What qualifications does my osteopath have?
- Australian Osteopaths' have completed 5 years of university training
- They have obtained a bachelor of science (clinical sciences) and a master of Health Science (osteopathy).
- During the masters degree osteopaths have completed research into their chosen area of the osteopathic field.
- All osteopaths must be registered with the Osteopaths Registration Board of Victoria
- WOHS osteopaths are also registered with the Australian Osteopathic Association, which maintains continual professional education & standards.
Do I need a referral to see an osteopath?
No, you don't need a referral to see an osteopath. They are primary health care practitioners, which means all you need to do is call to make an appointment.
How long will my appointment take?
Your initial osteopathic consultation will take approximately 40 minutes - 1 hour and include a thorough medical history, diagnosis, treatment and discussion of further management.
Subsequent consultations take approx 30 minutes. Please arrive 15 minutes before your initial treatment to fill out a brief questionnaire about your past medical history and your presenting complaint.
What happens during my first appointment?
During the first consultation your osteopath will take a detailed case history including past medical history. This will be followed by a systematic physical examination (including orthopedic and neurological testing if required) which involves assessing joint range of motion, postural analysis and palpation of the muscular system.
Your osteopath regards the body as a unit; therefore the examination may involve adjacent areas that may also be impacting on your presenting problem. Once your osteopath has finished the physical examination he/she will discuss their diagnosis with you and outline a treatment plan.
Treatment may include soft tissue massage and myofasical release, gentle joint manipulation and articulation, stretching and ligament balancing techniques. At the conclusion of your treatment your osteopath may also provide you with postural, stretching, exercise or dietary advice to improve your body's health and function.
What is the difference between Chiro, Physio & Osteo?
This is a commonly asked question. These health modalities may appear very similar in the problems they treat and techniques they use. However, it is the difference in philosophies, principles and the way the techniques are applied that sets them all apart. While it is not for us to explain the philosophies of Chiropractic or Physiotherapy, we can tell you all about osteopathy:
The holistic approach of osteopathy encompasses all aspects of the patient's health and accesses factors that can be addressed both in and out of the treatment room. â€¨For example, if you are suffering from knee pain it is important to assess not only your knee biomechanics and associated muscle groups but also your foot, hip and low back as they too will influence the function of your knee.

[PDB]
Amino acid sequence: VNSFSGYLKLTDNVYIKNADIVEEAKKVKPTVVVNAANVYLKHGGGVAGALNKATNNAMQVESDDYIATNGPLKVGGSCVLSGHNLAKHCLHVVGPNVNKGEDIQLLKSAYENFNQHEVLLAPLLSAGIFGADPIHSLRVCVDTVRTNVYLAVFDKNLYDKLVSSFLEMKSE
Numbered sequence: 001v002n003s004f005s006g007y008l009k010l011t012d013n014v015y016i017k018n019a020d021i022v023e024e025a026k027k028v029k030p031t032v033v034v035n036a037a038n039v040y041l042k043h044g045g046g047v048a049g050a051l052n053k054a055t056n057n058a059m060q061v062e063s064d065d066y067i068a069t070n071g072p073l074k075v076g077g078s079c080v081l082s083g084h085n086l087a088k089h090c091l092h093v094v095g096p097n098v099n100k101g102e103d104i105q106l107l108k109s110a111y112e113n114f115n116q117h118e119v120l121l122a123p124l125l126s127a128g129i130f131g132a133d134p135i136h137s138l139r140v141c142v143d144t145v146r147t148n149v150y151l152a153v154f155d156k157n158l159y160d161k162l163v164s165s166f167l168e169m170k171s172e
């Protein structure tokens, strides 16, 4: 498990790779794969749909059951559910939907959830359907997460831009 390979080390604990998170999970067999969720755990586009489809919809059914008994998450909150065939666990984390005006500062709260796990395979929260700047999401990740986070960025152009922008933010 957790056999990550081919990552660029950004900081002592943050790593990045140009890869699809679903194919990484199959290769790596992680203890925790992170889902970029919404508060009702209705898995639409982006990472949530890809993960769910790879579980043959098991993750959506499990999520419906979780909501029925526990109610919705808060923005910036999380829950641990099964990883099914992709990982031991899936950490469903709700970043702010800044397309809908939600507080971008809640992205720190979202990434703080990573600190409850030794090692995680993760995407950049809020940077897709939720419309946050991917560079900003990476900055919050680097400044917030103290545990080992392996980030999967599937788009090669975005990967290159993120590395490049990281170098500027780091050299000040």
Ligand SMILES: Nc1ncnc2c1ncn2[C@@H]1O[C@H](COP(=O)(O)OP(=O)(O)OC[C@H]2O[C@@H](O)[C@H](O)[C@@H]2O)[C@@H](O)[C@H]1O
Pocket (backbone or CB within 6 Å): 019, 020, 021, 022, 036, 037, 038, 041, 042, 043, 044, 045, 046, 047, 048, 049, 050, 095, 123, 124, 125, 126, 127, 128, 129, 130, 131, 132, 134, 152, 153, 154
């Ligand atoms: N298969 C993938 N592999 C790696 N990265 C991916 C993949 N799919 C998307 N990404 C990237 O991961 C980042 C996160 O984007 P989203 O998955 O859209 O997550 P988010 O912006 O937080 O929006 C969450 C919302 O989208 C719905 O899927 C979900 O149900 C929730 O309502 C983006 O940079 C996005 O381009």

- Osteopaths will not put you on a 'plan' with set return dates
- Osteopaths will not just treat the sore joint or muscle
- Osteopaths do not treat multiple patients at a time
- Osteopaths do not just give exercises and use heat or ultrasound
- Osteopaths do not just manipulate or crack joints exclusively, excessively or heavily
- Osteopaths offer a much wider range of hands on techniques of varying pressure
- As an Osteopath our goal is to not only treat the symptoms of your problem but the causes behind them.
What should I wear to my appointment?
Osteopathy is a 'hands on' medicine, so you will most likely be asked to remove certain items of clothing (e.g. tops and trousers) depending on the location of your presenting complaint. We recommended you wear comfortable clothing that is easy to move around.
Gowns are also available.
Should I bring my x-rays with me?
Yes, please bring with you any x-rays, ultrasounds, CT and MRI scans and reports or any other test results that you feel are applicable to your presenting complaint on your initial consultation.
Is osteopathic treatment covered by Medicare and private health insurance?
People with 'extras' cover as part of their private health insurance are able to claim a portion of their treatment costs.
At WOHS we have the HICAPS facility so people with private health are able to claim on the spot and only pay for the remaining gap. Osteopathic treatment is not covered by Medicare unless you are on an Enhanced Primary Care (EPC) plan. This is managed and provided by your GP. Consult your osteopath or GP for further information.
What is an Enhanced Primary Care plan?
An EPC Plan is part of Medicare scheme and is designed to provide patients with chronic (long standing) pain and conditions. It allows you five Allied Health consultations per calendar year. Medicare will pay a portion of your consultation fee, which is claimed at Medicare office. Please note full payment is required on the day of treatment and a receipt will be issued for you to take to Medicare and claim the EPC rebate. If you are experiencing musculoskeletal pain in conjunction with another medical condition please ask your GP if you are eligible to go on an EPC Plan.